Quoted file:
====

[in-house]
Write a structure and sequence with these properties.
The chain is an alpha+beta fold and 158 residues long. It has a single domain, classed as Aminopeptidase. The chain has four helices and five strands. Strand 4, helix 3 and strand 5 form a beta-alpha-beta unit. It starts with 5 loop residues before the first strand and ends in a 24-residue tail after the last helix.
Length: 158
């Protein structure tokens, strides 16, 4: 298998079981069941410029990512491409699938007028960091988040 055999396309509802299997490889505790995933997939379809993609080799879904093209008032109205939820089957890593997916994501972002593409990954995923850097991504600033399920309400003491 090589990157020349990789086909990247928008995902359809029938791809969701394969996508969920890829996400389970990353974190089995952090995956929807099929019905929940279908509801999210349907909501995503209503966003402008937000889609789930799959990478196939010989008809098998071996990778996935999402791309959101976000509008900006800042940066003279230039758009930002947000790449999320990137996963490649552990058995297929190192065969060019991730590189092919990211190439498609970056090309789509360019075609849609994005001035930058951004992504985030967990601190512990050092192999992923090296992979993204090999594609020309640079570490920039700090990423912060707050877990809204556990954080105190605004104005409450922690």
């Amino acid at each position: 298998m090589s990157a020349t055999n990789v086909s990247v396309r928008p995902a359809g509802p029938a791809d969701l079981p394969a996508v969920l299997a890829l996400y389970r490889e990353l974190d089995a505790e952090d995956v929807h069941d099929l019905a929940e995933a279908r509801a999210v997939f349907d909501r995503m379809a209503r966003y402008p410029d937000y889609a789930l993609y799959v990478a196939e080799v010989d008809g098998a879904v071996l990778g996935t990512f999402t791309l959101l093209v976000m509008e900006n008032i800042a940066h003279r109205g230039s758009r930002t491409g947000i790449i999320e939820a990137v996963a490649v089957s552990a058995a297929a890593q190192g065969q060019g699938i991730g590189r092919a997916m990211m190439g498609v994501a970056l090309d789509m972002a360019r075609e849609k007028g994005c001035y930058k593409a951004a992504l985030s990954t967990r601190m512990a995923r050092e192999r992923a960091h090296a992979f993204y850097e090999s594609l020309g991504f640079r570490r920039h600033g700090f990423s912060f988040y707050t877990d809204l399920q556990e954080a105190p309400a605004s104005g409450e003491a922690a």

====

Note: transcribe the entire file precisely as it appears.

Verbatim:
[in-house]
Write a structure and sequence with these properties.
The chain is an alpha+beta fold and 158 residues long. It has a single domain, classed as Aminopeptidase. The chain has four helices and five strands. Strand 4, helix 3 and strand 5 form a beta-alpha-beta unit. It starts with 5 loop residues before the first strand and ends in a 24-residue tail after the last helix.
Length: 158
């Protein structure tokens, strides 16, 4: 298998079981069941410029990512491409699938007028960091988040 055999396309509802299997490889505790995933997939379809993609080799879904093209008032109205939820089957890593997916994501972002593409990954995923850097991504600033399920309400003491 090589990157020349990789086909990247928008995902359809029938791809969701394969996508969920890829996400389970990353974190089995952090995956929807099929019905929940279908509801999210349907909501995503209503966003402008937000889609789930799959990478196939010989008809098998071996990778996935999402791309959101976000509008900006800042940066003279230039758009930002947000790449999320990137996963490649552990058995297929190192065969060019991730590189092919990211190439498609970056090309789509360019075609849609994005001035930058951004992504985030967990601190512990050092192999992923090296992979993204090999594609020309640079570490920039700090990423912060707050877990809204556990954080105190605004104005409450922690």
């Amino acid at each position: 298998m090589s990157a020349t055999n990789v086909s990247v396309r928008p995902a359809g509802p029938a791809d969701l079981p394969a996508v969920l299997a890829l996400y389970r490889e990353l974190d089995a505790e952090d995956v929807h069941d099929l019905a929940e995933a279908r509801a999210v997939f349907d909501r995503m379809a209503r966003y402008p410029d937000y889609a789930l993609y799959v990478a196939e080799v010989d008809g098998a879904v071996l990778g996935t990512f999402t791309l959101l093209v976000m509008e900006n008032i800042a940066h003279r109205g230039s758009r930002t491409g947000i790449i999320e939820a990137v996963a490649v089957s552990a058995a297929a890593q190192g065969q060019g699938i991730g590189r092919a997916m990211m190439g498609v994501a970056l090309d789509m972002a360019r075609e849609k007028g994005c001035y930058k593409a951004a992504l985030s990954t967990r601190m512990a995923r050092e192999r992923a960091h090296a992979f993204y850097e090999s594609l020309g991504f640079r570490r920039h600033g700090f990423s912060f988040y707050t877990d809204l399920q556990e954080a105190p309400a605004s104005g409450e003491a922690a």